Photo: Henry Davids, CapeNature
Photo: Henry Davids, CapeNature

The Black Spitting Cobra can be found east of Cape Town northwards into much of Namaqualand and north into southern Namibia and as far east as Upington.

The snake thrives in dry and arid conditions. It is most active during the day and favours dry riverbeds or rocky areas. It is a shy and elusive snake that's quick to escape if encountered. Bites are virtually unheard of.  

Its venom, like that of all spitting cobras, is potently cytotoxic, causing severe pain, swelling, and tissue damage. It can also spit its venom and does so effectively. It feeds on smaller snakes, lizards, and frogs.

 

 


It's important to remember that snakes will avoid contact with humans at all costs and only attack people if they feel threatened. Stick to well trodden paths and be observant. If you see a snake wait for it to move out of the path and avoid getting close to inspect it, especially if you aren't familiar with types of snakes. Delibrately getting close to a snake puts you and those around you at risk. If you find a snake on your property, we suggest that you contact CapeNature, and they’ll put you in contact with a snake handler. You can also download the free African Snakebite Institute app, which lists over 700 snake removers throughout South Africa and includes advice on first aid for snakebite.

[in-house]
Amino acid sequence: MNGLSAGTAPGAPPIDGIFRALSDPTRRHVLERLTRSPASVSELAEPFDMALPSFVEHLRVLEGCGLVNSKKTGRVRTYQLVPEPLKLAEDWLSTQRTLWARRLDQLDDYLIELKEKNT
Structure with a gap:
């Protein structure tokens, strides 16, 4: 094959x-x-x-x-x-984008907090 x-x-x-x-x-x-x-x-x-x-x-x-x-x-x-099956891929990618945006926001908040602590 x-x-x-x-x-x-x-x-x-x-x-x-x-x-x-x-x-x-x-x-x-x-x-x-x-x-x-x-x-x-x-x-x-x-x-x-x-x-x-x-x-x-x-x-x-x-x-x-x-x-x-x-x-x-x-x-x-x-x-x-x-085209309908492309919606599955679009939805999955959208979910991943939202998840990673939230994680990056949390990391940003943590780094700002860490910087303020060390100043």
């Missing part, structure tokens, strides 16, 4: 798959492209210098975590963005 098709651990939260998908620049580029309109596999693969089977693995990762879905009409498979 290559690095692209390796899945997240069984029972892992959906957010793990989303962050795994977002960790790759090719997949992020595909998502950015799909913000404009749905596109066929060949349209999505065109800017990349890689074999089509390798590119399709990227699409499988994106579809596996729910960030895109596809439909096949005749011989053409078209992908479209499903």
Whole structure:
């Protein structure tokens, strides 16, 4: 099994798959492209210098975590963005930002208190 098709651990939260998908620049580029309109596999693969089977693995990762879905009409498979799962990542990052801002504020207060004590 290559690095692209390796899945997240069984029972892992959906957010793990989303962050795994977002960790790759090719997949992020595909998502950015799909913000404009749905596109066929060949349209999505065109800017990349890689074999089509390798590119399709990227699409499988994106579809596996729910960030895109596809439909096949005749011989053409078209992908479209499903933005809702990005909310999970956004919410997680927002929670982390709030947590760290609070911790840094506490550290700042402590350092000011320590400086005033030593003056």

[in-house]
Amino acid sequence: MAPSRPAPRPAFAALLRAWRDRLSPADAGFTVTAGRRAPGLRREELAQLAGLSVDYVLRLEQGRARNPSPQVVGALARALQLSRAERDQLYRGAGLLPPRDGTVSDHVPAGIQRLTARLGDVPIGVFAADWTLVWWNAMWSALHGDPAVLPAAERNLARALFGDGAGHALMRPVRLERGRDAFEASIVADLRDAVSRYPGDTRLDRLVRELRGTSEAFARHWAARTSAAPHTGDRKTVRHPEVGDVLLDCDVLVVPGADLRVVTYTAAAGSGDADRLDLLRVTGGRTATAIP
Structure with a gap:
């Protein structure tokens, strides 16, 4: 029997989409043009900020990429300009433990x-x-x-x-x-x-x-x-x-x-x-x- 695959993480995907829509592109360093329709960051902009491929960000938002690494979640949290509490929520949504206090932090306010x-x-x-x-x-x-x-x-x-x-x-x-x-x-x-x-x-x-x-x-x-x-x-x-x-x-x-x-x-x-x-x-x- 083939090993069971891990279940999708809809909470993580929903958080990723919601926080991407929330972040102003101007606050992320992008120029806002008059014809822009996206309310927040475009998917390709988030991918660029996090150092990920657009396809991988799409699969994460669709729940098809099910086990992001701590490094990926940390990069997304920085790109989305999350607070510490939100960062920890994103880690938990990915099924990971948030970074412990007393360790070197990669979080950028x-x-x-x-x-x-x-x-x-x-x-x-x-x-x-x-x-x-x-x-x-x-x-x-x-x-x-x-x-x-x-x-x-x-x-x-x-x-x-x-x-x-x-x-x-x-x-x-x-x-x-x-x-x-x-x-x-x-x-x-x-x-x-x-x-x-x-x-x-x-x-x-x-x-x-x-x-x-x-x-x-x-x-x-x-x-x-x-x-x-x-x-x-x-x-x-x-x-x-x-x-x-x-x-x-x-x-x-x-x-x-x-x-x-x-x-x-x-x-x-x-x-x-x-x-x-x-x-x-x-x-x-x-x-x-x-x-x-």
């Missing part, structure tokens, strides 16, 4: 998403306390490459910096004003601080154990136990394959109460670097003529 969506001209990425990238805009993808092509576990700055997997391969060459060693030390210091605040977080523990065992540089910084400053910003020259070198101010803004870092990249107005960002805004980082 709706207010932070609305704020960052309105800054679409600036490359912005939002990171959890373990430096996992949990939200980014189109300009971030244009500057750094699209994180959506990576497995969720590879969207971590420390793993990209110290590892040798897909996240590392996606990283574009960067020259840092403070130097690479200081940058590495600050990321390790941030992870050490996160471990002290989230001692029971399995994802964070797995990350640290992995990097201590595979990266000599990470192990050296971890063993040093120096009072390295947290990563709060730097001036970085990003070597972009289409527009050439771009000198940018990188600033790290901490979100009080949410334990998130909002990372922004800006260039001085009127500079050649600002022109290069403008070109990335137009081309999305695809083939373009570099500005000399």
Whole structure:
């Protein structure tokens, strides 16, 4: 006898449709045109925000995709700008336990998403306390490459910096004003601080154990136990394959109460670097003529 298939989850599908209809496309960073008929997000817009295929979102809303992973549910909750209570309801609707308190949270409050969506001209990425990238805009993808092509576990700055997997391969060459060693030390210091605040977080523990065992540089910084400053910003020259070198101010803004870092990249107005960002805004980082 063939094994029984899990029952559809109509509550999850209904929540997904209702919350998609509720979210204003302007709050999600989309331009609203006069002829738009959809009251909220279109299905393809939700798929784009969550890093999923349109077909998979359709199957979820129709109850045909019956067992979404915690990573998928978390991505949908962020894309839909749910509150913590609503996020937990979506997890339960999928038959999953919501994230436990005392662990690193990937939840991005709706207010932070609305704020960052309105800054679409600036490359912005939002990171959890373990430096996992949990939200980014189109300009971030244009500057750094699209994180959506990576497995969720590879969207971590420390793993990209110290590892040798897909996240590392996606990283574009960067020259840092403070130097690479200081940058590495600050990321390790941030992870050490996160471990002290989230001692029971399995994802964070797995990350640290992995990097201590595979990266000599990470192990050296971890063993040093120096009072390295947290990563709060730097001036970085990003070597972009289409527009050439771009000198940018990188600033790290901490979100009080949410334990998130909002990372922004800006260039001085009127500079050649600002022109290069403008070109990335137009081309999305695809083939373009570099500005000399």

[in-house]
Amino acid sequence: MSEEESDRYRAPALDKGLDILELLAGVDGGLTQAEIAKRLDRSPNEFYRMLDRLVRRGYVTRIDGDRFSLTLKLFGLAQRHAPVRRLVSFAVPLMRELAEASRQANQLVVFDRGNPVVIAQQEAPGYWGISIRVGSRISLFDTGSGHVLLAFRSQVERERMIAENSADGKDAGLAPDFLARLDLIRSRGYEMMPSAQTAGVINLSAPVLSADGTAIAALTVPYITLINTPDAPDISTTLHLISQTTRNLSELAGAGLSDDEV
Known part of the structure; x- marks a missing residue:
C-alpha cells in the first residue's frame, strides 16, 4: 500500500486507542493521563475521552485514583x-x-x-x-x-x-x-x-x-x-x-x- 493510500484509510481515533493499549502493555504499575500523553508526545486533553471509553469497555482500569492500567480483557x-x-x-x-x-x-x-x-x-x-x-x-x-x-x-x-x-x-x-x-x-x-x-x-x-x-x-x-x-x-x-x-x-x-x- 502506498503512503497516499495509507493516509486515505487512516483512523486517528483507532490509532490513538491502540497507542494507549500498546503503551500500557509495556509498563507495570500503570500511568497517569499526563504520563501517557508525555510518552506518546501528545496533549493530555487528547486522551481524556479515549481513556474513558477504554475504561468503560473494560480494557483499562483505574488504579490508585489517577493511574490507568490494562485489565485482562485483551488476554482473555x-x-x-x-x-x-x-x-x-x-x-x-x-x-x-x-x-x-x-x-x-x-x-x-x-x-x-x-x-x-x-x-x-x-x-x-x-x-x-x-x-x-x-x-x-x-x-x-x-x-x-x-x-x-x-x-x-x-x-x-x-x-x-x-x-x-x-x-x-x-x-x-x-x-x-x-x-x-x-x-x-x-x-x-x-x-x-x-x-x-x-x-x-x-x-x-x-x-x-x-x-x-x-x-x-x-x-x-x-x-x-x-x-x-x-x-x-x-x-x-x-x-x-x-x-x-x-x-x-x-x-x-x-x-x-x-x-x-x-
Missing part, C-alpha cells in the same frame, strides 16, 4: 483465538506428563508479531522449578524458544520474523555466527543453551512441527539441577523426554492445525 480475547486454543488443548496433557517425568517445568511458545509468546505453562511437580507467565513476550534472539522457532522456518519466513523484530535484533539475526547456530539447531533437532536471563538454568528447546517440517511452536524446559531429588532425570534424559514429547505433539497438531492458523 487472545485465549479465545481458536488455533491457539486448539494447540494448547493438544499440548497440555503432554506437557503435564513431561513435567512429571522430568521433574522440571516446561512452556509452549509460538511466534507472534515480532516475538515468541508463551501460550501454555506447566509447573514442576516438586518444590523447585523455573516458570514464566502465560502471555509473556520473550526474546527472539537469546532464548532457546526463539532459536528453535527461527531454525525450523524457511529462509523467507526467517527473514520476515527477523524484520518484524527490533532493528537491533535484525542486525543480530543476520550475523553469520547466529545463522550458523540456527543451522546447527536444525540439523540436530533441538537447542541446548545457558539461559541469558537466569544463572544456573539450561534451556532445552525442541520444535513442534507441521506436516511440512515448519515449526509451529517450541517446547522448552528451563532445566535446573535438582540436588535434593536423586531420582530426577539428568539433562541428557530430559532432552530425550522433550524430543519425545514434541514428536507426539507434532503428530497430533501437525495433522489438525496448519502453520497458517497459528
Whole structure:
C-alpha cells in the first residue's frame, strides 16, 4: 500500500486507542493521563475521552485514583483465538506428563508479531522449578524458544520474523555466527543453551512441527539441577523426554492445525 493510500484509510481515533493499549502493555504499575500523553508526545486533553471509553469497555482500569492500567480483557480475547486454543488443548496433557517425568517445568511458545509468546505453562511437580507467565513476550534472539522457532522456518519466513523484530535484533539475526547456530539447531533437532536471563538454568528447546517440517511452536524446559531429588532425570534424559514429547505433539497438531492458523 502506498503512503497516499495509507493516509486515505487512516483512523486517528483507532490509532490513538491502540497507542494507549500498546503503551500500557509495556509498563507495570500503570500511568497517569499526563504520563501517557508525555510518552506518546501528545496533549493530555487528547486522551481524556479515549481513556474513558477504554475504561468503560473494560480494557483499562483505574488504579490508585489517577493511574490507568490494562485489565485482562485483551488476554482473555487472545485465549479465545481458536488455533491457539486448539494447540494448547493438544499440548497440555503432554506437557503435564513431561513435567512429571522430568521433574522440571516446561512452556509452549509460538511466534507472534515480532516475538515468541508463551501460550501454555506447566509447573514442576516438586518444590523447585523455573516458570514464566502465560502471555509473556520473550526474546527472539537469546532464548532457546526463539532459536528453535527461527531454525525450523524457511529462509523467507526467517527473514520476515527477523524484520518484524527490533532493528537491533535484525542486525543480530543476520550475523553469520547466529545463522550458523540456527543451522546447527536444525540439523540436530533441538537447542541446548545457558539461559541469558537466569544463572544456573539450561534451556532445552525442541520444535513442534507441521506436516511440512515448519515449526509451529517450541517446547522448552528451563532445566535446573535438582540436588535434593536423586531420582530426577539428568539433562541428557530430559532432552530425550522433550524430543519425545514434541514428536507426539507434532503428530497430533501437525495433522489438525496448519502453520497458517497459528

Please visit the CapeNature website for more information about snake safety

 
 
 
 
The content on this page was last updated on 18 June 2021